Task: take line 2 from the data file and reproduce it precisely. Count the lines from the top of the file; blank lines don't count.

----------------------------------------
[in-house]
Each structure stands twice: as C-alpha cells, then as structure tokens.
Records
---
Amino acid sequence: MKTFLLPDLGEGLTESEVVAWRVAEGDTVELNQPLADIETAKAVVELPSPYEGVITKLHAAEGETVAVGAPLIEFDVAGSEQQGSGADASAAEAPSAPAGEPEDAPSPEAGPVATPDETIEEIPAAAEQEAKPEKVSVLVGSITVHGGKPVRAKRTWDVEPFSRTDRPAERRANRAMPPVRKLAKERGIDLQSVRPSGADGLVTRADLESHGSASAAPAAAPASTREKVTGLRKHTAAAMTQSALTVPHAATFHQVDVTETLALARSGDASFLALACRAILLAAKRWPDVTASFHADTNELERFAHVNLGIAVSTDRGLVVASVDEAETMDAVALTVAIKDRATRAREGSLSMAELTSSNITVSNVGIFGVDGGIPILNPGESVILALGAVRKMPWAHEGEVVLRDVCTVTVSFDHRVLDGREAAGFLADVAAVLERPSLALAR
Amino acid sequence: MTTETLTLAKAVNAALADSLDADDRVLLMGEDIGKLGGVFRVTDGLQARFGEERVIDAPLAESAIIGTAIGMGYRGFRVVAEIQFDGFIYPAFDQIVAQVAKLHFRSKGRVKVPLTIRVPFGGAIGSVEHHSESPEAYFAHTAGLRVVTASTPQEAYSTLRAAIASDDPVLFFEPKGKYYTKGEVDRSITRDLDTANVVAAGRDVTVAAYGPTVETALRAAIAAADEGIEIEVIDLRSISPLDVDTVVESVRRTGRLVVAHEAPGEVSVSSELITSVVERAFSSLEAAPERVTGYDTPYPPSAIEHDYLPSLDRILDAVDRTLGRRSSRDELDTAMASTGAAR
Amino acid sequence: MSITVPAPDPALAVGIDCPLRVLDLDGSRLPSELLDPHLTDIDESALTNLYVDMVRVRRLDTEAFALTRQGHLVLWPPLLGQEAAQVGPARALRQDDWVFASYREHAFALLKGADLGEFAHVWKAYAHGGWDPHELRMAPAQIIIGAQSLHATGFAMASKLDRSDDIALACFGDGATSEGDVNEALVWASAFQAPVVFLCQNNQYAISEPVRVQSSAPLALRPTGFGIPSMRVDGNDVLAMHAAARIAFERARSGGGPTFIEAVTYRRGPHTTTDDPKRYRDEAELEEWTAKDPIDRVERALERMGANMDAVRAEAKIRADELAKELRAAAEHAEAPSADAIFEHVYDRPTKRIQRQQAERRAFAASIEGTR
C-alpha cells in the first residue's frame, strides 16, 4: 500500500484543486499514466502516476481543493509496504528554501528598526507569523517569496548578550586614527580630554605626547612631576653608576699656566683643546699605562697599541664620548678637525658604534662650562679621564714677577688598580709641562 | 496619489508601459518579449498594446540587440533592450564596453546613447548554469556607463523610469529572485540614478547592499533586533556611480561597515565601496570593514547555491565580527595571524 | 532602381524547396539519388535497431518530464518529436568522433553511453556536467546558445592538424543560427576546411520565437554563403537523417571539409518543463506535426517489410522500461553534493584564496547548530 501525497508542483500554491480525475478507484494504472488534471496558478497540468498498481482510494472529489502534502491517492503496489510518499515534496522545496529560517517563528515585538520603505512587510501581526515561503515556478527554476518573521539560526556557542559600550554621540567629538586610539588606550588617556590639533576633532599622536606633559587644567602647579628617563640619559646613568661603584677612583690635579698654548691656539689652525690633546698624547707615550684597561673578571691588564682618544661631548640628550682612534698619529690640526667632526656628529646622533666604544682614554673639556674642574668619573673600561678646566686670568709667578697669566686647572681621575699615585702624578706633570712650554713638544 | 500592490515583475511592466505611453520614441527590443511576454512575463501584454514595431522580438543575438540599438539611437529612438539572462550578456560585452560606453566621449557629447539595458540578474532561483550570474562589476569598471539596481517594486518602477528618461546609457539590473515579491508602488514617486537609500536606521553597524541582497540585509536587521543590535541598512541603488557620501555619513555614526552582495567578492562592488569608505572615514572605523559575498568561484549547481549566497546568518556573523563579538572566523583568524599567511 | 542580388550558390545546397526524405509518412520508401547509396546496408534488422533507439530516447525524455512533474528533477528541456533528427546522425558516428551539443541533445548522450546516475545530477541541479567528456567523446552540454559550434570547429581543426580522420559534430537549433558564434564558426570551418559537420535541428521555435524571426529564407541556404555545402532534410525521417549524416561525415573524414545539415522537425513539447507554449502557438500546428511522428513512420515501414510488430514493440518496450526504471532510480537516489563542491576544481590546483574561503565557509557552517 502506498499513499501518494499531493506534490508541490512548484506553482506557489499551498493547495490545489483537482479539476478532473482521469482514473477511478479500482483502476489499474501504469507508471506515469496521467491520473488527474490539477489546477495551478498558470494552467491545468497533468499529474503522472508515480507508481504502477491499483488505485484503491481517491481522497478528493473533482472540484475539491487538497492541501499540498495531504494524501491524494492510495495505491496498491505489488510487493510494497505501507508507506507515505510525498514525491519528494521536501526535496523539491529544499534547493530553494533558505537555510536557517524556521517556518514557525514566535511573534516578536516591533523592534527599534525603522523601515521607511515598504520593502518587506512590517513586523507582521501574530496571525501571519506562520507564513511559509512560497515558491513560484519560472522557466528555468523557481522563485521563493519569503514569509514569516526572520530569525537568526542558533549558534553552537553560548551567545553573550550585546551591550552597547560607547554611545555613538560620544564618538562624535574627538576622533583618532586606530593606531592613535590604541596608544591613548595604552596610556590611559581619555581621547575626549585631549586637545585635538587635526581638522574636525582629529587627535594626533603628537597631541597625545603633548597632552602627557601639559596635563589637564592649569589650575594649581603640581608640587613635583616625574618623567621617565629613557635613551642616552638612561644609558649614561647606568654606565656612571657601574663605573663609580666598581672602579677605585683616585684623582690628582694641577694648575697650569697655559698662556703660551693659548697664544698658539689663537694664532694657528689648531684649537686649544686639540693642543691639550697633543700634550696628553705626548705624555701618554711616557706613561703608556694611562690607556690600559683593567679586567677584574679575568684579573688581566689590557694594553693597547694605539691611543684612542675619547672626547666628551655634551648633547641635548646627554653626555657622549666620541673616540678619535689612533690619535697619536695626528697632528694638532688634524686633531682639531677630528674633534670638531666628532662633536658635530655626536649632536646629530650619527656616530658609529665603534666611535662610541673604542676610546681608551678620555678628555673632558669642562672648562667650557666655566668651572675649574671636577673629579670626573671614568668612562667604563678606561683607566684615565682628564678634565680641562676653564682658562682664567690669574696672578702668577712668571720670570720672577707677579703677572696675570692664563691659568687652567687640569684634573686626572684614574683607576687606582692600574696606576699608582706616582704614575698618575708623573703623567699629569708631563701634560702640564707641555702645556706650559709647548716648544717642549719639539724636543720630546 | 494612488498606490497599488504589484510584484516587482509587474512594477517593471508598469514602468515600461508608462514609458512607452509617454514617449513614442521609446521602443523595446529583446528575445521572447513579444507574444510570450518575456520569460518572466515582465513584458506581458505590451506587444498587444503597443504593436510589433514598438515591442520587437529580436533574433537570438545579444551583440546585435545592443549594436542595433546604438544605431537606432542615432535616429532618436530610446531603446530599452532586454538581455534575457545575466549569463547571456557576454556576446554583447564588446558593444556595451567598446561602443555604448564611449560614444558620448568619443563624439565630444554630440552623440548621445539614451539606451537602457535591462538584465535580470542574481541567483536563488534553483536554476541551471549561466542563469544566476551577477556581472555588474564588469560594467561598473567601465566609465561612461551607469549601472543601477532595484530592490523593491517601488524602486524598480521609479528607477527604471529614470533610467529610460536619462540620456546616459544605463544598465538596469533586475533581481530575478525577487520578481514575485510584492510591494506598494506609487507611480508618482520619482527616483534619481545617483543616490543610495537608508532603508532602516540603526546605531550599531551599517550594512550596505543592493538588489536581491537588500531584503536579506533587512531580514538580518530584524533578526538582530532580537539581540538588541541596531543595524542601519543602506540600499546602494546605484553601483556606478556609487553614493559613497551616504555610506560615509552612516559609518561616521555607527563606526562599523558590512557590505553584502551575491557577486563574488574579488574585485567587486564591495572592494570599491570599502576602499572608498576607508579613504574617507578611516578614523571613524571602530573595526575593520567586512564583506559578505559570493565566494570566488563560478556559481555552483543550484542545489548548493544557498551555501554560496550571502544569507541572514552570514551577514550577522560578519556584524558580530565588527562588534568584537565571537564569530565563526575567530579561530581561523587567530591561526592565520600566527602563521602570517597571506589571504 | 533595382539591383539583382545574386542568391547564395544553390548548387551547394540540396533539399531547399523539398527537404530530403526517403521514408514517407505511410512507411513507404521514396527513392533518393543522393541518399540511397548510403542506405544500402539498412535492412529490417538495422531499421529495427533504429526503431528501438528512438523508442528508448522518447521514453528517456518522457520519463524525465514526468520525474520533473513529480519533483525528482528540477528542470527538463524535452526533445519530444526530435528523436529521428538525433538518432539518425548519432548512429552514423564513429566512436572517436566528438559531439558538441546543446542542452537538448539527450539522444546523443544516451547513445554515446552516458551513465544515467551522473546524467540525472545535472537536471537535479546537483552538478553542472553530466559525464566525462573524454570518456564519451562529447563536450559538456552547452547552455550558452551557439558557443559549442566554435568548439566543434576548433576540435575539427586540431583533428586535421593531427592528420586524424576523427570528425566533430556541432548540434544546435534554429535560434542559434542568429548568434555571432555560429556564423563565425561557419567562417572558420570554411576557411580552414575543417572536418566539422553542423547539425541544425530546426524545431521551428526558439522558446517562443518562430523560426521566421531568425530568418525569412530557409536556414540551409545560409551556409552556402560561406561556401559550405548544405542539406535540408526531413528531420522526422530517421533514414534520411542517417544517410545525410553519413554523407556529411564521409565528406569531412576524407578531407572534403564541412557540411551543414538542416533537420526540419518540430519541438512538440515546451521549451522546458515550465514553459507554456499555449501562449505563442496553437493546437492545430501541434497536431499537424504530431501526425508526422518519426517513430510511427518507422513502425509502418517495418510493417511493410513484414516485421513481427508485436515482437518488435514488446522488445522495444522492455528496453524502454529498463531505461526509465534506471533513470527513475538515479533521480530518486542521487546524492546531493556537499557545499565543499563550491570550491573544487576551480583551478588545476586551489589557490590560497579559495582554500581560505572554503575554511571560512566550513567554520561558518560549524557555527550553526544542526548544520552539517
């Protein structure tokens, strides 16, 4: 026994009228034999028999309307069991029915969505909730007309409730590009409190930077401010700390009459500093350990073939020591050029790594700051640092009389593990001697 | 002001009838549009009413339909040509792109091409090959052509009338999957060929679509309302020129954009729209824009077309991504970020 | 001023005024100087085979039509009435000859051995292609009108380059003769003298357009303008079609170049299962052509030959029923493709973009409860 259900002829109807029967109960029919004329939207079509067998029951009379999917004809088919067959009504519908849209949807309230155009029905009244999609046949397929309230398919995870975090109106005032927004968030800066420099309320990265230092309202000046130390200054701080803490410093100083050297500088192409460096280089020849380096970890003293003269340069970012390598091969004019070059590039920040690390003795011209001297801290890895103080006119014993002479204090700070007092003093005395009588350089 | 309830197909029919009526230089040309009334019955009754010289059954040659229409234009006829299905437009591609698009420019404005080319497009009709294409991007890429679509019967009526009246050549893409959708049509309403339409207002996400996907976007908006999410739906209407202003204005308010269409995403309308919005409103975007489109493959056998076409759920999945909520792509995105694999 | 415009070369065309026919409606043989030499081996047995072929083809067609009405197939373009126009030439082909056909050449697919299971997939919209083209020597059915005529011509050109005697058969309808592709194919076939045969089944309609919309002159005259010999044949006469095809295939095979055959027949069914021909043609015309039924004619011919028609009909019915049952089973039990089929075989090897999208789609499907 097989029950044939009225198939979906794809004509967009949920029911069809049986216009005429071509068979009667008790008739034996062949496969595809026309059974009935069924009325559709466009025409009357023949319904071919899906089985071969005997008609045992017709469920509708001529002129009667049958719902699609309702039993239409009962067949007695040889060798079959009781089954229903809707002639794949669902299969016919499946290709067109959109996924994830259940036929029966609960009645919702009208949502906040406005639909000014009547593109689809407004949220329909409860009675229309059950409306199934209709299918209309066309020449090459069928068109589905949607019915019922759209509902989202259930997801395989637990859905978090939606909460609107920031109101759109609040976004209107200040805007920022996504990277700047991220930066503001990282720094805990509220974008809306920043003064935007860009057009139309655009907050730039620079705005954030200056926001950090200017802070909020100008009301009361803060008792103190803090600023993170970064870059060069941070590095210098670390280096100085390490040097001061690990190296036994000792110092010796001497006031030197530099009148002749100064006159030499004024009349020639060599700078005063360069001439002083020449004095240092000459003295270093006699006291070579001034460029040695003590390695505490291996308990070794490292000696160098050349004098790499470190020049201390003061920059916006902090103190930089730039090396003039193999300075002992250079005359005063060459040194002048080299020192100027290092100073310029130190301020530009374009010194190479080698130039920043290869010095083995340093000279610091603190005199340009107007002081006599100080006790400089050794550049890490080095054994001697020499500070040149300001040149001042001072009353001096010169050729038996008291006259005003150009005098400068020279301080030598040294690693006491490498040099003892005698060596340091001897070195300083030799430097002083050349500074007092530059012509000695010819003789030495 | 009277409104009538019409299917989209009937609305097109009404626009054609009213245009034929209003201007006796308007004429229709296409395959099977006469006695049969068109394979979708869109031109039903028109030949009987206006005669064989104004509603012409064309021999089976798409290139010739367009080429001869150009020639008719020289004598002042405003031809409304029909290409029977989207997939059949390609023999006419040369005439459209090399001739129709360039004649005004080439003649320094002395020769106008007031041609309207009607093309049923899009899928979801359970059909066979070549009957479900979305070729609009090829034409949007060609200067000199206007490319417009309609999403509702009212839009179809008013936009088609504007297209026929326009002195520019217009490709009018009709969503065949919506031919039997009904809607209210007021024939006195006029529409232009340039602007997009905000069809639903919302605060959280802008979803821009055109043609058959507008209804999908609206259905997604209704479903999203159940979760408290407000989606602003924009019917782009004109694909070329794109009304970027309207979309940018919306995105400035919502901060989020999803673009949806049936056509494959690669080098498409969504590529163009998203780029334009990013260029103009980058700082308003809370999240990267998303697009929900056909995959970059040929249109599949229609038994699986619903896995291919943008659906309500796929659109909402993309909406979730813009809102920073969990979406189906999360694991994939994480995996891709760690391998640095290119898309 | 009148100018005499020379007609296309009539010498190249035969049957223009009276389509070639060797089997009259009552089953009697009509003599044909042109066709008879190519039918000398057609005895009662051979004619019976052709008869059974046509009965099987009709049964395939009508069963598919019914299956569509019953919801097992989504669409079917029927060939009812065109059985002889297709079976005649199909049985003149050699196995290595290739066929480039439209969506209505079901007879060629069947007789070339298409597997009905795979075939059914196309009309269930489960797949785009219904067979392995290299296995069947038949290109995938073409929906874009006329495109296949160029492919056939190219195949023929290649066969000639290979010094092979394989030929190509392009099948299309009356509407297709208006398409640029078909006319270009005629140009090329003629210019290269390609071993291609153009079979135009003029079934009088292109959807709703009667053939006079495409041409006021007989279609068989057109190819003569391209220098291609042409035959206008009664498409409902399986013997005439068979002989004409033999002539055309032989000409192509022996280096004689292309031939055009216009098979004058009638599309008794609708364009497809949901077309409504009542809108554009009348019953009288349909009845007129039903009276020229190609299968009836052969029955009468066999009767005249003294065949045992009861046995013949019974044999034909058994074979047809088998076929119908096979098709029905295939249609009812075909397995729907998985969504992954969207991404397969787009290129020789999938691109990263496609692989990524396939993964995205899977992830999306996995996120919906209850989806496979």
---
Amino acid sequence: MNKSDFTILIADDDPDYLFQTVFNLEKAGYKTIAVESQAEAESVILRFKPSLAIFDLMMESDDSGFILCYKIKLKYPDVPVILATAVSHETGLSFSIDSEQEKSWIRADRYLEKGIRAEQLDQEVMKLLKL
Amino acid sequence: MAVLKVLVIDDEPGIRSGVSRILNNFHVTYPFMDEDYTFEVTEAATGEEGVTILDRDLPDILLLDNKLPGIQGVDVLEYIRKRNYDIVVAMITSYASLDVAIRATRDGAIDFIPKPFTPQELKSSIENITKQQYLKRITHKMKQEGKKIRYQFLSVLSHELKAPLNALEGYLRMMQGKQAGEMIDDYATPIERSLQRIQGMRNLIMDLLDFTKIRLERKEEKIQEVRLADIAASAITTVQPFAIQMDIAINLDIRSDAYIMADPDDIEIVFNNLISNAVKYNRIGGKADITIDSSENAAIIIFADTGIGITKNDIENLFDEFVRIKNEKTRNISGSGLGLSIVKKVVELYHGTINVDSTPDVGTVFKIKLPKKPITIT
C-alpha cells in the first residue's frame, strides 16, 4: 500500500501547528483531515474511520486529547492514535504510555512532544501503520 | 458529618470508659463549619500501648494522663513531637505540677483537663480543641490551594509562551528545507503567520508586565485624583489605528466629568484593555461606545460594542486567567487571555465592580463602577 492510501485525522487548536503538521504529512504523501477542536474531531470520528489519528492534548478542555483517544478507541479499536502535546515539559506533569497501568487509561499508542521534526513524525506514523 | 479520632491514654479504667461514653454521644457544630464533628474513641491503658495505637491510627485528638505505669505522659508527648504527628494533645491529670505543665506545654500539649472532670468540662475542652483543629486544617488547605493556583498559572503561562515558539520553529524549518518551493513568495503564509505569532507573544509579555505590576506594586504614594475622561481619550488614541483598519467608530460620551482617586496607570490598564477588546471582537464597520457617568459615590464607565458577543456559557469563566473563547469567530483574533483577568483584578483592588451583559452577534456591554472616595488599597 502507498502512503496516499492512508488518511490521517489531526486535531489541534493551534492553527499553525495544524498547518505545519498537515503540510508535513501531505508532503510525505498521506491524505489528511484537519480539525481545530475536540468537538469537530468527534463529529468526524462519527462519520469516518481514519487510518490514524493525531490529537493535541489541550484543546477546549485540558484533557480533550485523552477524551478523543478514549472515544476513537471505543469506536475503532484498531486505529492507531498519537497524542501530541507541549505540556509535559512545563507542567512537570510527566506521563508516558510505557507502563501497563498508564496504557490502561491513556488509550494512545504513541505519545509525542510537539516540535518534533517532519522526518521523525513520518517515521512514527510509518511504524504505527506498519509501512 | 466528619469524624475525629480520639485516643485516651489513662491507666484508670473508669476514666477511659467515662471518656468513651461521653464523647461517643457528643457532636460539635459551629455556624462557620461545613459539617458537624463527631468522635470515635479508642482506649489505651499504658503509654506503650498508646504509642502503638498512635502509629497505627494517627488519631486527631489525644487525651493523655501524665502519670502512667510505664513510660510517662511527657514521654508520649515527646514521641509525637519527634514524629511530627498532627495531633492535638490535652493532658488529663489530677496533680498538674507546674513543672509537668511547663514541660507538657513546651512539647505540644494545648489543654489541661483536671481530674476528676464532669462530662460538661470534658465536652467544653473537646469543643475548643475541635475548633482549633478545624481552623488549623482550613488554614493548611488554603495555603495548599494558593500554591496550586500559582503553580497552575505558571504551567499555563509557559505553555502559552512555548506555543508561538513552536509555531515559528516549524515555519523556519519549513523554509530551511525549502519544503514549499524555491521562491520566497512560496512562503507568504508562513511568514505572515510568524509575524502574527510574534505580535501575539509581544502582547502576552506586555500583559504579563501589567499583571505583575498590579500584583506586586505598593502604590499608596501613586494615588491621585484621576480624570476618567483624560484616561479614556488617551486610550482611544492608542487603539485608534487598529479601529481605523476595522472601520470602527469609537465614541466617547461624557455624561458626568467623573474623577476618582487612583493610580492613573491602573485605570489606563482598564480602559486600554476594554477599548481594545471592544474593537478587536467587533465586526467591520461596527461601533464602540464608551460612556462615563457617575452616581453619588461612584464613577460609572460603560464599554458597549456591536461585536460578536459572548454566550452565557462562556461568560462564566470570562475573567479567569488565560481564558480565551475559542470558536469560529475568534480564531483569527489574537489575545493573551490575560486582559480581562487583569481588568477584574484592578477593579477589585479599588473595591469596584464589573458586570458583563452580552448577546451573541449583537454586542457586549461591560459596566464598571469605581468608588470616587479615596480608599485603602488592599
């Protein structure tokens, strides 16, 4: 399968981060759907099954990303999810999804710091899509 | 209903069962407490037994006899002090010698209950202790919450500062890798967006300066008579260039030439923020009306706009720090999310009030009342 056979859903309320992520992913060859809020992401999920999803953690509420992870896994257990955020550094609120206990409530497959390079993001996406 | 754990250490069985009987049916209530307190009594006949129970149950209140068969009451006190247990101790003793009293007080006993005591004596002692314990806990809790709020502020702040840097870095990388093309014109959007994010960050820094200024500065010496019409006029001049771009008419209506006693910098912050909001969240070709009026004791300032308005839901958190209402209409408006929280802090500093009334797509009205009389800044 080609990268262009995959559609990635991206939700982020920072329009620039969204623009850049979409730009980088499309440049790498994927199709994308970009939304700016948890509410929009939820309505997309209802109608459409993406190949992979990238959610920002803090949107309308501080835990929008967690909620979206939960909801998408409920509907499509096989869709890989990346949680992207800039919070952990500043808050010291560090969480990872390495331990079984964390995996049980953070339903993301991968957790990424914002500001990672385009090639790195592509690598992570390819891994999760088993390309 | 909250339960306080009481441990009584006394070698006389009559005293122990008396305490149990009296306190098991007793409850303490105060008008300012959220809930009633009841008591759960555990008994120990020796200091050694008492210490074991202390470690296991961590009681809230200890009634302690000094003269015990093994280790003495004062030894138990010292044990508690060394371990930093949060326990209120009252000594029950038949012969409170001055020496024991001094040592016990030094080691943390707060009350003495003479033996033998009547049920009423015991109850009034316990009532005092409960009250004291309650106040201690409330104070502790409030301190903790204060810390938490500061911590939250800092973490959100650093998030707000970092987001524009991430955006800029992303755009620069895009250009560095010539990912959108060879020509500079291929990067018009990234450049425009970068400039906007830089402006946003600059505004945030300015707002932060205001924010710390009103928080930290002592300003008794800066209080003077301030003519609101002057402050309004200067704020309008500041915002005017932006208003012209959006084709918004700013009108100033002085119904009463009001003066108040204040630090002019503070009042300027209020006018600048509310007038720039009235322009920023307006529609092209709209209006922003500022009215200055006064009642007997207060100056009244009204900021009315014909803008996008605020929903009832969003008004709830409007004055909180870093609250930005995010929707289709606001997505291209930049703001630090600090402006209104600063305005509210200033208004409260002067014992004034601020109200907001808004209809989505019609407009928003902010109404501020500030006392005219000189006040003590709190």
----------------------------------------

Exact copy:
Each structure stands twice: as C-alpha cells, then as structure tokens.